Programming with data [CM2015]
This module will show you how to work with data: getting data from a variety of sources, visualising data in compelling, informative ways, processing data to make it useful and shareable, and reasoning with data to test hypotheses and make parameterised predictions. The module will also introduce you to a new language and programming environment that is well-adapted to languages for these applications.
Agile software projects [CM2020]
This module aims to provide insights and practice in software development using contemporary methods to produce software that meets the needs of users and supports an organisation’s business function. The module will enable you to gain competence in the conceptualisation of a technology-based solution to a real-world problem, fulfilling the requirements of users and taking constraints imposed by the prevailing and foreseen market conditions and lessons learned from prototypes into account. You will then be given the opportunity to present a proposal for a technical project including a structured plan for implementing the solution using the agile development methodology and test driven development practices. During the whole process from concept to solution presentation, you will be required to work in a distributed team using online collaboration, project tracking and version control tools.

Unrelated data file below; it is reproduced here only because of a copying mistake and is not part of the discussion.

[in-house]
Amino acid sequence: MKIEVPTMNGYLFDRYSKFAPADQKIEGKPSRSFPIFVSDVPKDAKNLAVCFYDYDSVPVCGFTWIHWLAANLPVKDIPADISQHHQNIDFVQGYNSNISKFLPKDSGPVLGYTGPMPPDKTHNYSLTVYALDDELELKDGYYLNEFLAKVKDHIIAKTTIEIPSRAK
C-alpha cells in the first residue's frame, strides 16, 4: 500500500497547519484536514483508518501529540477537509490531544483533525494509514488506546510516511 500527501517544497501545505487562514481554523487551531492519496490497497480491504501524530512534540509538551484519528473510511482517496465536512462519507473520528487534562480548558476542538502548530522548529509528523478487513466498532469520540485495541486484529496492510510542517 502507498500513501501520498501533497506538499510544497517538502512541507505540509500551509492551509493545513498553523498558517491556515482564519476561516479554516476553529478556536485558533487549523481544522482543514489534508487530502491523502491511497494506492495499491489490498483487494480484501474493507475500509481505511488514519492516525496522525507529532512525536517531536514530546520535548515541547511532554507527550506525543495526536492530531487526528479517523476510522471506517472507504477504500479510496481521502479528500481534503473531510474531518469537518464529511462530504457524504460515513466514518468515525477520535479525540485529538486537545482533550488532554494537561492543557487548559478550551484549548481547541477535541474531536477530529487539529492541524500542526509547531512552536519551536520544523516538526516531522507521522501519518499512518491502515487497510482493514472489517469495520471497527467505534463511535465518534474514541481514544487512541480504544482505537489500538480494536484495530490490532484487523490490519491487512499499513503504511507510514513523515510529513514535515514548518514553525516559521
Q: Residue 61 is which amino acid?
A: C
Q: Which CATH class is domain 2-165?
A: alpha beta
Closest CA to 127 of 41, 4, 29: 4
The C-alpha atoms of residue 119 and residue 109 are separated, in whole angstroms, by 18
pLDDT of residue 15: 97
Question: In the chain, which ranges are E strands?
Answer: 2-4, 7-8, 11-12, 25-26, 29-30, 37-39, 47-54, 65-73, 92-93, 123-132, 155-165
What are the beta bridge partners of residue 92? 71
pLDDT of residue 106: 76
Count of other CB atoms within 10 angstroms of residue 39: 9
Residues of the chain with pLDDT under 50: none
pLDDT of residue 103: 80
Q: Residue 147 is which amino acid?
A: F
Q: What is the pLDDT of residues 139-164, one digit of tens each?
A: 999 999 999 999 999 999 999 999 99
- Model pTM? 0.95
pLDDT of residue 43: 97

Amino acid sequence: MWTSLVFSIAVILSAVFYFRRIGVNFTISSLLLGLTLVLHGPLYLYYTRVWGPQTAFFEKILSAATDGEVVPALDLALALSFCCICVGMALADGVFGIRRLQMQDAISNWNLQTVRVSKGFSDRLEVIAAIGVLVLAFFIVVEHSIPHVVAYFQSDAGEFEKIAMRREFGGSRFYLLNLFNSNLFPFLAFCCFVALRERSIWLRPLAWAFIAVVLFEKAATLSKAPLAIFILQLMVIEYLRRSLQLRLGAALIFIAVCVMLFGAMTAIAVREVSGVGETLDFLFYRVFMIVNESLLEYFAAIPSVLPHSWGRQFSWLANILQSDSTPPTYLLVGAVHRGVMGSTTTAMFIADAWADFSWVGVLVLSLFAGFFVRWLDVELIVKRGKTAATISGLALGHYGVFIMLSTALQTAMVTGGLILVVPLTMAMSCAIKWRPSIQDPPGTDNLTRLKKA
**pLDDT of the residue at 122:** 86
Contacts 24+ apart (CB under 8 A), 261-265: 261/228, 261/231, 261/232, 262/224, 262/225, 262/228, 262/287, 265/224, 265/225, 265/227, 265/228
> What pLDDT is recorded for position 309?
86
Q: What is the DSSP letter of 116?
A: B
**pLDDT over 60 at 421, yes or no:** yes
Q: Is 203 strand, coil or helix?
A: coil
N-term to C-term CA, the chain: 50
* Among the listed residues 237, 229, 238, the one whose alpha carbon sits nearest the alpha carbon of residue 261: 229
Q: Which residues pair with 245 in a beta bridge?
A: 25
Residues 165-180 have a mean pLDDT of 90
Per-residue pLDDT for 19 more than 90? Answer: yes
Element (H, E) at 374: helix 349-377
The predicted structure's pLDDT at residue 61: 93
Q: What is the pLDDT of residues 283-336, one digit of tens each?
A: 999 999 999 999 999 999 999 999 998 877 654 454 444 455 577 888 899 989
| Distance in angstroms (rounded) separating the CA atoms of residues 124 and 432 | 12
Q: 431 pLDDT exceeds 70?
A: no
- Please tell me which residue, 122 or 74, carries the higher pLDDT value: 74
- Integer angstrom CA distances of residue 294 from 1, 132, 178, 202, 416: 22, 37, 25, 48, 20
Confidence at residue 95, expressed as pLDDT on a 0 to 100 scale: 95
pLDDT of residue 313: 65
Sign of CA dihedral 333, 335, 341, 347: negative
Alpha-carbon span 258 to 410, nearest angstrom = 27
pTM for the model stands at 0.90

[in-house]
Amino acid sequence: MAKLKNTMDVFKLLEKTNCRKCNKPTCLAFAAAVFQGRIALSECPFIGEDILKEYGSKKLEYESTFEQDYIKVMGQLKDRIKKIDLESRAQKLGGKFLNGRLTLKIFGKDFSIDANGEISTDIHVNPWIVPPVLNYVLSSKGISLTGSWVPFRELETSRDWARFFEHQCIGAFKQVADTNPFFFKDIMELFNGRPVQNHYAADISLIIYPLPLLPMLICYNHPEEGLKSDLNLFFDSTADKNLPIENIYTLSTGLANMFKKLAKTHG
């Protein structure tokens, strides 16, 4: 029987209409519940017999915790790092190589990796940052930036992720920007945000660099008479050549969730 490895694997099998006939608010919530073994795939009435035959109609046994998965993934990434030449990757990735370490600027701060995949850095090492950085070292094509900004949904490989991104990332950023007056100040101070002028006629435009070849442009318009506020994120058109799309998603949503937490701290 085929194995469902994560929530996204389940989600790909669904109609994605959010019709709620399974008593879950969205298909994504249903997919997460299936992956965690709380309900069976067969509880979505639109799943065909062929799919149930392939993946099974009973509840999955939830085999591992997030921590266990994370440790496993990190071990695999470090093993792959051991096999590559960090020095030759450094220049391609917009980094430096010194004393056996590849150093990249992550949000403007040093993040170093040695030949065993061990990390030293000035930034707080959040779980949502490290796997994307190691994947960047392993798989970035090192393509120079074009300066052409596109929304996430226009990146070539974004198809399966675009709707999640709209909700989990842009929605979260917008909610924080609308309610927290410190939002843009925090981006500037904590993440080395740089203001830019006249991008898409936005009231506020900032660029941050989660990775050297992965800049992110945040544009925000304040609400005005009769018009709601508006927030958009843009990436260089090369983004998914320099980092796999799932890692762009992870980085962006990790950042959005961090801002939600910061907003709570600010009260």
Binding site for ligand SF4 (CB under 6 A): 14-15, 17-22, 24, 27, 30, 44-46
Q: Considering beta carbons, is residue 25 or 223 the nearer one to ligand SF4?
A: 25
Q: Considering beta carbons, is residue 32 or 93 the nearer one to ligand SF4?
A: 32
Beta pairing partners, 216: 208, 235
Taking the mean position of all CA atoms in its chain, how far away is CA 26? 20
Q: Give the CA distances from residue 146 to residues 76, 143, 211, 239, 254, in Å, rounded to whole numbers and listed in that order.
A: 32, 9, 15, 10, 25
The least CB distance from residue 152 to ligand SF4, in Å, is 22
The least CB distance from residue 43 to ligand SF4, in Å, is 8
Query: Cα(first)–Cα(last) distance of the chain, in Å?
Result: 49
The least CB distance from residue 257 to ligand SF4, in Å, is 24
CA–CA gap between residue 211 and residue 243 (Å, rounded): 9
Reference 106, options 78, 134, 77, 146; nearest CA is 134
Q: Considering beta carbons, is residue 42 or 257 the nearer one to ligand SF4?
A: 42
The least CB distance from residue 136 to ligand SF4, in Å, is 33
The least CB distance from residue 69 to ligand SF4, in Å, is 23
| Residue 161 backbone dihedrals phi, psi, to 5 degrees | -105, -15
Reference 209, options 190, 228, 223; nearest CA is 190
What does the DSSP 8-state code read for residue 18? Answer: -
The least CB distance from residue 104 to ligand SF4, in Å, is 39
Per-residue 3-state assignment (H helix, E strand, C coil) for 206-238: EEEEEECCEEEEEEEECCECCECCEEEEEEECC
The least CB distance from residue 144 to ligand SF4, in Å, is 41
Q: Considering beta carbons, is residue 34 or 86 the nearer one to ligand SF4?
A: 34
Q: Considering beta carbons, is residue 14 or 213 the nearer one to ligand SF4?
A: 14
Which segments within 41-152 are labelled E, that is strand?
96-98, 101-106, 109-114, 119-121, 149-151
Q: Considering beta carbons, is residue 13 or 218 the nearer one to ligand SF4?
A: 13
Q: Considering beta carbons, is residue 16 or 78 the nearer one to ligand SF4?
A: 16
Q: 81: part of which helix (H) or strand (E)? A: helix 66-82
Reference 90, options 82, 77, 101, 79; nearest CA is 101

Computer security [CM2025]
This module aims to provide you with an understanding of the need for computer security and the technologies that support it. It has both a theoretical component that will teach you mathematical underpinnings of security systems and a practical element that will help you discover the pitfalls of security design and to comprehend the mathematics underlying the protocols by programming small examples.
Graphics programming [CM2030]
This module aims to show you how to work with images in a variety of ways. You will learn how to synthesise graphics and how to process visual signals. You will learn about the mathematical ideas that underpin digital representations of graphics; how digital media files represent graphics, and how to handle and manipulate them; and the basics of working with simulated physics and 3D graphics.
Algorithms and data structures II [CM2035]
This module aims to provide you with detailed knowledge of several common algorithms and data structures. You will improve your understanding of searching and sorting and learn new algorithms to solve new problems. You will learn about a range of data structures such as trees, heaps, sets, maps, stacks, queues and graphs. You will learn how to evaluate and describe the performance of algorithms using big-O notation. You will learn: how to choose appropriate data structures for representing problems, how to define and implement algorithms for manipulating them, and how to analyse the correctness and efficiency of algorithms. You will be expected to have mastered the material in Algorithms and Data Structures I before attempting this module.